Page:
Tuesday, August 24, 2010

Pay Off Debt or Invest?


This is a simple question which can lead to complex answers. The short answer would be to pay off all your bad debt before attempting to invest your savings. As discussed in an earlier article there are two different kinds of debt and it is important to distinguish between the two: http://reynold-savemoney.blogspot.com/2010/08/know-your-debt.html . But in most cases it's best just to pay off any money that you owe, because it would be terrible to waste your hard earned cash on interest.

So before we delve into the world of investing, it is best to first talk about debt. Now that you know the difference between good debt and bad debt it would be wise to tackle all of your bad debt. This would be your credit cards, vehicle payments, and the mortgage on your own home. Also included in this category should be any student loans. While you were going to school there probably wasn't any interest accruing, however a month or two after you finish school the interest clock starts. So it's best to get that debt off your back as soon as the interest starts accruing or better yet before the interest clock starts.

There's an excellent book by David Bach entitled the Automatic Millionaire. He explains a very simple method of paying off consumer debt (which is the worst bad debt) known as the DOLP system, which stands for Dead On Last Payment. Basically the best way to pay off consumer debt is to pay off your credit card with the lowest balance first, not the card with the highest interest rate. There is an interesting formula to rank which debt to pay off first. I've included a link that allows you to calculate and rank the credit cards you should pay off first http://finishrich.com/dolp/ .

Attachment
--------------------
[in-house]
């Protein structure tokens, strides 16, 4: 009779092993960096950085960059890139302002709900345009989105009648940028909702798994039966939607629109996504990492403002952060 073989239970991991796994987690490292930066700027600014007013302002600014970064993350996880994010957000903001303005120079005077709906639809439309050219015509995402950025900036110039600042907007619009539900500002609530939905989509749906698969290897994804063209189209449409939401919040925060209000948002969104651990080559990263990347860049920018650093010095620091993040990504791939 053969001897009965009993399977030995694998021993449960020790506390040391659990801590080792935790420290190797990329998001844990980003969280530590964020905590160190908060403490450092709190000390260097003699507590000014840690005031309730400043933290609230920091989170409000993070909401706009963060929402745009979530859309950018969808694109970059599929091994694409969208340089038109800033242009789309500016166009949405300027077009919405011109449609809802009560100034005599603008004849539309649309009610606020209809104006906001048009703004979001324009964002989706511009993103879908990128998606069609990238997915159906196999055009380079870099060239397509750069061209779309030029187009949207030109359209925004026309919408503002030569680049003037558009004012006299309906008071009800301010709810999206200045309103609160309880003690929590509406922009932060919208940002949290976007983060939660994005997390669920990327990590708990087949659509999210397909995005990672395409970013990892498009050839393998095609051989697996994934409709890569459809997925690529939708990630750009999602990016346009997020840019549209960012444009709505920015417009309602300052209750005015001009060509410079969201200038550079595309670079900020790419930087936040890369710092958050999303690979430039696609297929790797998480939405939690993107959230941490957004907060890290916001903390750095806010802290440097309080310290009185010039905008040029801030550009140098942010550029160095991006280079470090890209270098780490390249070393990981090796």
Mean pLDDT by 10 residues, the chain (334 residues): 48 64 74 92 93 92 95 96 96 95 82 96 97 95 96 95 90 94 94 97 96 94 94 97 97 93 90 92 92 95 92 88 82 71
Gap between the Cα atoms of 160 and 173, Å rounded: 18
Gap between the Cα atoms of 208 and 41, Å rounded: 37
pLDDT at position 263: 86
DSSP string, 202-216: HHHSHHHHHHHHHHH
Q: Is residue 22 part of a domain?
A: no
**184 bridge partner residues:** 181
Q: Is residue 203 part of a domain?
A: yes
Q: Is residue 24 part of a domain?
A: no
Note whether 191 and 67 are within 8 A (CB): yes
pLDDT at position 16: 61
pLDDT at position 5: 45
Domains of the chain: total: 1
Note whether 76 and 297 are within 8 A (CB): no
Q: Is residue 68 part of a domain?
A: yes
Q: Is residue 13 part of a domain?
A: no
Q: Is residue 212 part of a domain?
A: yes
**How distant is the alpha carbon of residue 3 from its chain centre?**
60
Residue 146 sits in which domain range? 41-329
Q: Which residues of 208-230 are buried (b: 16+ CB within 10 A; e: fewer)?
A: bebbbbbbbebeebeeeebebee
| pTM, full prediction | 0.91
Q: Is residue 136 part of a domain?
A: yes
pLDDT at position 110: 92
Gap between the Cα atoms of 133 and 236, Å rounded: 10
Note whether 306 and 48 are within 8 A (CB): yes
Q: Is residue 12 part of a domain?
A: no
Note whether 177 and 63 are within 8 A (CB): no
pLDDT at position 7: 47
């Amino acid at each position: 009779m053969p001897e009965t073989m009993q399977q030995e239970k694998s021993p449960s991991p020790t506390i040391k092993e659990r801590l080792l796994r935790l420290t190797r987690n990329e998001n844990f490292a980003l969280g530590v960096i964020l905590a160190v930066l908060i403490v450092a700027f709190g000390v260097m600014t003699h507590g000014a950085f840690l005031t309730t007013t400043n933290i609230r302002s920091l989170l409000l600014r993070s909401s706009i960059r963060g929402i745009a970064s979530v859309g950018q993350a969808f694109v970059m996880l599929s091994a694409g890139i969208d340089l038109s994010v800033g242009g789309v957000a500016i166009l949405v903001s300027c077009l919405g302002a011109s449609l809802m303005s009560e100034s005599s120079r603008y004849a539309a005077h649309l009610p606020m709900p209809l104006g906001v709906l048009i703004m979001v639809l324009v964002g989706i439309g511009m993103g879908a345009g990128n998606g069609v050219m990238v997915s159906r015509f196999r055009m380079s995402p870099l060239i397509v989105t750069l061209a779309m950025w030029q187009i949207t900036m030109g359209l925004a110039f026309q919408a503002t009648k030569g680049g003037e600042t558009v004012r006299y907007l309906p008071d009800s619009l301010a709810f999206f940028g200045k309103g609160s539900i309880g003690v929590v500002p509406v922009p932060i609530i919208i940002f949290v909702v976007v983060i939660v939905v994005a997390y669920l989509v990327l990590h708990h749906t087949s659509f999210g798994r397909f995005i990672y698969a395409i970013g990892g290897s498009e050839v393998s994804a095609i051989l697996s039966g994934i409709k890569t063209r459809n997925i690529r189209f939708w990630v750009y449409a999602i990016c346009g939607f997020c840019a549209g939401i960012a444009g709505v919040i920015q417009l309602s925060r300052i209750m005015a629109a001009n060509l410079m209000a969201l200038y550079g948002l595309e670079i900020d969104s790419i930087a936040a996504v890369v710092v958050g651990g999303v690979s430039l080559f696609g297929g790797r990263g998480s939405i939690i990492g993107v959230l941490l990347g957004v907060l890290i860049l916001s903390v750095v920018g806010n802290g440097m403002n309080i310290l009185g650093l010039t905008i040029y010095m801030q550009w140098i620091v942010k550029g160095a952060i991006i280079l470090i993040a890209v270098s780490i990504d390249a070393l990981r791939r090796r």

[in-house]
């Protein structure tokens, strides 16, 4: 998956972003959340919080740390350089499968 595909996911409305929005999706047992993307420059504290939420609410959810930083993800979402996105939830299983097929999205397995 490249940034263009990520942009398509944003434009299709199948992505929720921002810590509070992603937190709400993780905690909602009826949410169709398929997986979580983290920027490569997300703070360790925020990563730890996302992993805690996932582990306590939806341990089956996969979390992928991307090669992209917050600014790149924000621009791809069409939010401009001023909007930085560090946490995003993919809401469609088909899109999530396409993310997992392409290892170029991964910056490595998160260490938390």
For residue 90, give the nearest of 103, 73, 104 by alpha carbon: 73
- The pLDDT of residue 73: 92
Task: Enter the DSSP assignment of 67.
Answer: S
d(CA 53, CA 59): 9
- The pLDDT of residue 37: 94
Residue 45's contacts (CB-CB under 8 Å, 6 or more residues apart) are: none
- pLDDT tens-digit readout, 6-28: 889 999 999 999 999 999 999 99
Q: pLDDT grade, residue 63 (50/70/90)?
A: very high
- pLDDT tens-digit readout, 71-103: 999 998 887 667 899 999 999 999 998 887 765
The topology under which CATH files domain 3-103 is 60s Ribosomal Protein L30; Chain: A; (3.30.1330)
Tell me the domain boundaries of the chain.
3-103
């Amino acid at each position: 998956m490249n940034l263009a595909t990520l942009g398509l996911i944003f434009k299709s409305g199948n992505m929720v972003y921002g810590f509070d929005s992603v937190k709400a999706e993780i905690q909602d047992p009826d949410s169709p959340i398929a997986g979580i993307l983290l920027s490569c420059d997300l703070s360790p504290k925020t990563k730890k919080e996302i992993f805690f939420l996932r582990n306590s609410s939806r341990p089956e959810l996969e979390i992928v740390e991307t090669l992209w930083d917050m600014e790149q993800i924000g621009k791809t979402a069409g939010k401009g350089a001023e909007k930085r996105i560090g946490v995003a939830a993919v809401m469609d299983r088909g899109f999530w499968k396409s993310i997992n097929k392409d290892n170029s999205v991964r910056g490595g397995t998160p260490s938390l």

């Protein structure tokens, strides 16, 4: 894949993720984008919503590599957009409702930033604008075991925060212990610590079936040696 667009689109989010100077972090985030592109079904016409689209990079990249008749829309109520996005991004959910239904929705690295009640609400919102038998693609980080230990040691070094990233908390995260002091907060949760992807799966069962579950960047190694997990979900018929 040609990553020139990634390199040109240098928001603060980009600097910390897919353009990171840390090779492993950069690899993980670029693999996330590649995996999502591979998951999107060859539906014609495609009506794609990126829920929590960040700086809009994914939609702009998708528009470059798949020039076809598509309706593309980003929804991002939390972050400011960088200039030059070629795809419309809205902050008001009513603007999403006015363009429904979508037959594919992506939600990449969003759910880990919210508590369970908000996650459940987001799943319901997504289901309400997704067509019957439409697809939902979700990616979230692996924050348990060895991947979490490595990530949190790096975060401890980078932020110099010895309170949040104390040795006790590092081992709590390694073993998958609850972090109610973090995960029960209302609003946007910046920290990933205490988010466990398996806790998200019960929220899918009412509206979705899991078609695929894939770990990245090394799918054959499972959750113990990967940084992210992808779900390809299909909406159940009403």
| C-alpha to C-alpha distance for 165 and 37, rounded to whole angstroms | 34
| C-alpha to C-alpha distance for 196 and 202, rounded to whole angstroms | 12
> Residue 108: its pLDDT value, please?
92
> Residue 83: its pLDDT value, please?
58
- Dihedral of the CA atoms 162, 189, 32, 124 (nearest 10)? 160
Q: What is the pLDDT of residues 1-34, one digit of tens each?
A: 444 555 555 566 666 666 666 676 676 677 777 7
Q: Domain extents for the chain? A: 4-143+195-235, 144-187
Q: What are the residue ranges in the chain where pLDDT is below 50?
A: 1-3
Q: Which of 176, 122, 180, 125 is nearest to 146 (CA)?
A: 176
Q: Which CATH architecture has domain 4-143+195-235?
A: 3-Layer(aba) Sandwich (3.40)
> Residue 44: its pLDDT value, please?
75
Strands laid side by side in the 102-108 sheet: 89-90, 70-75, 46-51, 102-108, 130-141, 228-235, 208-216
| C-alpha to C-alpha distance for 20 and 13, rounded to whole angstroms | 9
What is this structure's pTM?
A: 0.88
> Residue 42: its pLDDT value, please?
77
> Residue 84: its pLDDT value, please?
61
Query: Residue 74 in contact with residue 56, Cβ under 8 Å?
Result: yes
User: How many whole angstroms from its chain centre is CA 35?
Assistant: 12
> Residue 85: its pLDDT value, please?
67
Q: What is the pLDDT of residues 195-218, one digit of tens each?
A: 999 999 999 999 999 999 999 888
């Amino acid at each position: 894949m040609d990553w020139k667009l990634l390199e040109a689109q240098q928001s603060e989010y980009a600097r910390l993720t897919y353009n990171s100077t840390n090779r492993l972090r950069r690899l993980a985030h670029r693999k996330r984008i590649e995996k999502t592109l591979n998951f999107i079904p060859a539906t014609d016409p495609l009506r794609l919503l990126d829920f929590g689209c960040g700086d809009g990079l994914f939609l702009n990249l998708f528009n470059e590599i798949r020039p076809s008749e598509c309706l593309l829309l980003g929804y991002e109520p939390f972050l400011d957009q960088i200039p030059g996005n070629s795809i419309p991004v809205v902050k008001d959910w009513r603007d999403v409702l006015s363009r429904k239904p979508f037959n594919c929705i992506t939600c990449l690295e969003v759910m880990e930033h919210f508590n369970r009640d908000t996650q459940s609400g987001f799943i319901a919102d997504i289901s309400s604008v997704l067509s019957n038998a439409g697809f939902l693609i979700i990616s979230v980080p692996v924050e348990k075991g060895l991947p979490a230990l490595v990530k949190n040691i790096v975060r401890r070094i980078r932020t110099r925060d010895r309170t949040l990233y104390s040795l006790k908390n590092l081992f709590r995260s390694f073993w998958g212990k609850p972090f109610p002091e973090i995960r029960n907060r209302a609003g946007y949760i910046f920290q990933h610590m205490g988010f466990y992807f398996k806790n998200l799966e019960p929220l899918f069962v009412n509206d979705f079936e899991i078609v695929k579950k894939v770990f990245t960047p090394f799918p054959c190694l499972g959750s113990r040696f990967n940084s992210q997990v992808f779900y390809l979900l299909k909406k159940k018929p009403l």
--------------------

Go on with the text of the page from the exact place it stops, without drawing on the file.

It's important to note that it can be very difficult to invest your money for growth when you still have outstanding debt. An investment can be measured by what is called a return on investment (ROI). This is an annual rate of return that you get on your investment which is measured as a percentage. For instance, if you invested $100 in Company A and at the end of the year you receive $110 on your investment you have just received an ROI of 10%. You just made an excellent investment! However, if your credit card debt of a $100 is charging your 19% interest you're really losing 9% to the credit card companies, not to mention penalty fees for not making payments. So it's important to understand the debt that you're in and seriously consider paying it off before investigating your investment options.

I've included a video by David Bach about his DOLP system. The first minute is him trying to sell his book so I would skip to the 1 minute mark and listen to it to about the 2:20 mark. Let's get that debt off our backs and move on with our lives to a better financial future!



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